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Robert E. Maleczka

Photo of Robert E. Maleczka


Synthetic Organic Chemistry

(Research Description PDF)

Our group is interested in a) green chemistry, b) the invention of new reactions and strategies in organic synthesis, and c) target synthesis of molecules with interesting properties ranging from biologically important natural products to nanomaterials.

Green Chemistry: Central to our research is the development of efficient and environmentally benign reactions and strategies. The Pharmaceutical Roundtable of the American Chemical Society’s Green Chemistry Institute deemed cross-couplings that avoid haloaromatics as their top aspirational reaction. In collaboration with Professor Mitch Smith, we are inventing such reactions. Specifically, we are using catalytic C–H activation/borylation, often combined with subsequent chemical events, to generate pharmaceutically relevant building blocks for organic synthesis and the late stage functionalization of drugs and drug candidates.

Figure 1

Invention of New Reactions: The principles of green chemistry also motivate us to create new synthetic methods. Within our catalytic borylation program, an example is our recently disclosed use of ion-pairing, where the alkyl groups of the cation create a steric shield that facilitates previously unheard of levels of para selectivity.

Figure 2.

We are also focusing on the employment of organosilanes as both reagents and substrates in chemical transformations ranging from Wittig rearrangements to new approaches to double-decker silsesquioxanes (DDSQ’s) for materials applications.

Figure 3

Since their discovery more than 70 years ago, Wittig rearrangements have evolved into powerful tools for the isomerization of a-metalated ethers into alkoxides. Relative to the [2,3]- and [1,2]-shifts, [1,4]-Wittig rearrangements are unique in their ability to generate stereodefined enolates. In addition, [1,4]-Wittig rearrangements have the potential to transfer chirality and stereoselectively form adjacent chiral centers. As such, we continue to study these mechanistically fascinating and synthetically intriguing rearrangements.

We have also teamed up with Chemical Engineering and Materials Science Professor Andre Lee, to apply our synthetic expertise to another remarkable class of compounds, namely silsesquioxanes. These caged structures have garnered significant attention over their ability to meet the demands of medical, aerospace and materials industries. This is due to the well-defined spatial dimensions, the presence of seven inert peripheral organic moieties to accommodate solubility and processability, and one polymerizable reactive organic group.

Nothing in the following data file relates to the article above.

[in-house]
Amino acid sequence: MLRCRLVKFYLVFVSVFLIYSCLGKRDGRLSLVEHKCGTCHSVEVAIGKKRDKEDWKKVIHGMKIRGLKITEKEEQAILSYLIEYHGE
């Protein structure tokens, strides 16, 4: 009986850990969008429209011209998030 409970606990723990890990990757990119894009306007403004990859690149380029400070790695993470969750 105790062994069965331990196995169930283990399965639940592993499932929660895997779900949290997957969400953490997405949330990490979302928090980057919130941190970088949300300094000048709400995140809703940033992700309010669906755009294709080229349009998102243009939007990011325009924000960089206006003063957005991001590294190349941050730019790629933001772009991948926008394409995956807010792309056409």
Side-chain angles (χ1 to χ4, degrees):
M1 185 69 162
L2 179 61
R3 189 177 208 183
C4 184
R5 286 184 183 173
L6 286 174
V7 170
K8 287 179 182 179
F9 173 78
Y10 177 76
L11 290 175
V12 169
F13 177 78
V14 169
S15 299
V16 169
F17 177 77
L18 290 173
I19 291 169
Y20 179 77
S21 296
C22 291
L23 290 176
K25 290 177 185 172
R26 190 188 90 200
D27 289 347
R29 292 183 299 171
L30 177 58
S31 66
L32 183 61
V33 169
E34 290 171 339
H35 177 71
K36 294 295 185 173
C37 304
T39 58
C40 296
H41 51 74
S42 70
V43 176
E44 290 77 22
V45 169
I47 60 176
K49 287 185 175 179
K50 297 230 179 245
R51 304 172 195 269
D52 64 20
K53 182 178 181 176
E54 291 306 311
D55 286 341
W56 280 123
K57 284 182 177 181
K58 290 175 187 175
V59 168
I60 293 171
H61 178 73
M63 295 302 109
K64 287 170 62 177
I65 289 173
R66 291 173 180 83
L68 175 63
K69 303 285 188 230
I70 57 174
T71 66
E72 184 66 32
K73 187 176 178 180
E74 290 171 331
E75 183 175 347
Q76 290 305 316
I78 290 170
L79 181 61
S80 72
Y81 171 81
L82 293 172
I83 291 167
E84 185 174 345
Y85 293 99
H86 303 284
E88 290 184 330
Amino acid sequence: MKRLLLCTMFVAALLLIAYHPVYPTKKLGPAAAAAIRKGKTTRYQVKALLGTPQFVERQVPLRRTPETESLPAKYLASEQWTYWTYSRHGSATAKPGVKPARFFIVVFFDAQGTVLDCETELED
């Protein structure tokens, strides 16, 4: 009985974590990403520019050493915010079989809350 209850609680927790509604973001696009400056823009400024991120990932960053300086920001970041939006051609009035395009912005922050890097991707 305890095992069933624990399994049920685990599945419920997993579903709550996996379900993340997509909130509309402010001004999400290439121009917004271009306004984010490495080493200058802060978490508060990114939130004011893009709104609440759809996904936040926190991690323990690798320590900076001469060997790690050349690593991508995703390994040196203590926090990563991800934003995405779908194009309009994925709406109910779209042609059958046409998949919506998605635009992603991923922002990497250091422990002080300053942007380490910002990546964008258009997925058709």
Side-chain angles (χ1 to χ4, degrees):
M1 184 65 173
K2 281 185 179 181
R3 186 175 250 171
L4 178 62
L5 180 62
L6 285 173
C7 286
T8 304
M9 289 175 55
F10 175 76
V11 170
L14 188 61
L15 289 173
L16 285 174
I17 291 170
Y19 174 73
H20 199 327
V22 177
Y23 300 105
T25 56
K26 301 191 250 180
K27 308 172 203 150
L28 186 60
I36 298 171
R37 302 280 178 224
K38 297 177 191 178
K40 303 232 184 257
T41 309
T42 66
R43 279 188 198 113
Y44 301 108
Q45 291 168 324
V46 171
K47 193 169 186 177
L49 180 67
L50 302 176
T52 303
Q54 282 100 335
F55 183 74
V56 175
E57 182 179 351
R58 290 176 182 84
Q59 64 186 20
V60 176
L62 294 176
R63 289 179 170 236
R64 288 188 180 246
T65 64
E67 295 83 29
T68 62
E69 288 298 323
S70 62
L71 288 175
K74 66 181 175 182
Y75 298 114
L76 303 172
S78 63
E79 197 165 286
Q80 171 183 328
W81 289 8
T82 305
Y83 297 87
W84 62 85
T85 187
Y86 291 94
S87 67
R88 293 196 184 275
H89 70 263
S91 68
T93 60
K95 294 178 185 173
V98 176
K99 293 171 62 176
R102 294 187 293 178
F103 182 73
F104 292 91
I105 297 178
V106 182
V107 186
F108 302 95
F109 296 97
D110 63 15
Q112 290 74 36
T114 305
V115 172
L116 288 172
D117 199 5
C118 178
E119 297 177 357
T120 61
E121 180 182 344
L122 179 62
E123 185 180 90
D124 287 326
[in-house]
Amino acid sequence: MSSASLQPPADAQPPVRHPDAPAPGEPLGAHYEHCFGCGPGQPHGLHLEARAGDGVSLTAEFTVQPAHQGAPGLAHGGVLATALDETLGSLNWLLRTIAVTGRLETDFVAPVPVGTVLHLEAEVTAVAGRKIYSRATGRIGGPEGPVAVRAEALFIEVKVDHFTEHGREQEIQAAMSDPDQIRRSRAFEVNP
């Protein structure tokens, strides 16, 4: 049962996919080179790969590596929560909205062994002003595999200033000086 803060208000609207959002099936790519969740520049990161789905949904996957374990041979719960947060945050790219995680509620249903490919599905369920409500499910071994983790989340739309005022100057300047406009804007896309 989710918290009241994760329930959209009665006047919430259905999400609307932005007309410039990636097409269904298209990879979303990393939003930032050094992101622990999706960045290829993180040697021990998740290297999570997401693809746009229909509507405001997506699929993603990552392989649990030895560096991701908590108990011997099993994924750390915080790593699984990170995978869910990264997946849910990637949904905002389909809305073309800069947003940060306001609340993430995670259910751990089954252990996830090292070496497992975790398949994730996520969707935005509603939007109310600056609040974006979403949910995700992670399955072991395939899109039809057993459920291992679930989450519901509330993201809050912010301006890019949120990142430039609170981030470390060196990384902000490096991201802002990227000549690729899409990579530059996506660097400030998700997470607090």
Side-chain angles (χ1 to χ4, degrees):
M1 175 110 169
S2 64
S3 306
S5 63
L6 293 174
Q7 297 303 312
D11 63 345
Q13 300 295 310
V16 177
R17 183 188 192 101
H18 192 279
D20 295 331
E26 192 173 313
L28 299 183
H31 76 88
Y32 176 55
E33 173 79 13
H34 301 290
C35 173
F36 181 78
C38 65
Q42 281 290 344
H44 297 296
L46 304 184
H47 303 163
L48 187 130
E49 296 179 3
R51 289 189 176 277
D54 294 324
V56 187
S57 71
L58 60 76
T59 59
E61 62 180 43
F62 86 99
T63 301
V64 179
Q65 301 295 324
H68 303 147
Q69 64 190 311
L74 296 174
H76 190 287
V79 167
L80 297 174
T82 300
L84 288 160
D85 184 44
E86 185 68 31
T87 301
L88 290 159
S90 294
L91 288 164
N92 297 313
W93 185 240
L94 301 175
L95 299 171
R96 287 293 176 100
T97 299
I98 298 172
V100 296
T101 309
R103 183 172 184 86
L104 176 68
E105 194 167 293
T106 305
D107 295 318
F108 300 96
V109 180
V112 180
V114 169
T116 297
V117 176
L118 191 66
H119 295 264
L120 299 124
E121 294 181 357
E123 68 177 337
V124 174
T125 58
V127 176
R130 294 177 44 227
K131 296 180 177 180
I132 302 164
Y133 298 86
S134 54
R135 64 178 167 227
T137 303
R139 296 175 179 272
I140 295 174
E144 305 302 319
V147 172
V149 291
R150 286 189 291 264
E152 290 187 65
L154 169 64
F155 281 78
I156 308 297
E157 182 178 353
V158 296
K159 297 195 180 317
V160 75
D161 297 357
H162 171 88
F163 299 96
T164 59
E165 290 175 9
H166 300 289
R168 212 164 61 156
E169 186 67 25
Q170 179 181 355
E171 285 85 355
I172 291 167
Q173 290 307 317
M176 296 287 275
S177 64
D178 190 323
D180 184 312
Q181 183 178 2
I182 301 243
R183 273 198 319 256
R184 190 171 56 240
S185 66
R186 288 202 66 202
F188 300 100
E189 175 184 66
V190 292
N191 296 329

Like our other projects, we approach the synthesis of silsesquioxane through the lens of green chemistry. An example of this can be seen in our development of the first direct synthetic route leading to asymmetrically functionalized DDSQ compounds. By way of our route over 50% of the starting DDSQ tetraol that could have otherwise contributed toward the synthesis of unwanted side products is recovered with a high purity and can be used in another cycle of synthesis. Efforts to use these compounds as nano-linkers to two different block copolymers are underway in our lab.

Figure 4

Target Synthesis: A unifying thesis behind all of our methodological and mechanistic studies is that the chemistry to emerge from such studies should be applicable to real synthetic problems. We view target synthesis as the best proof of this concept. For example, as part of our green chemistry program, we look to make TMC-95A and autolytimycin by the strategic application of our own synthetic methods.

Figure 5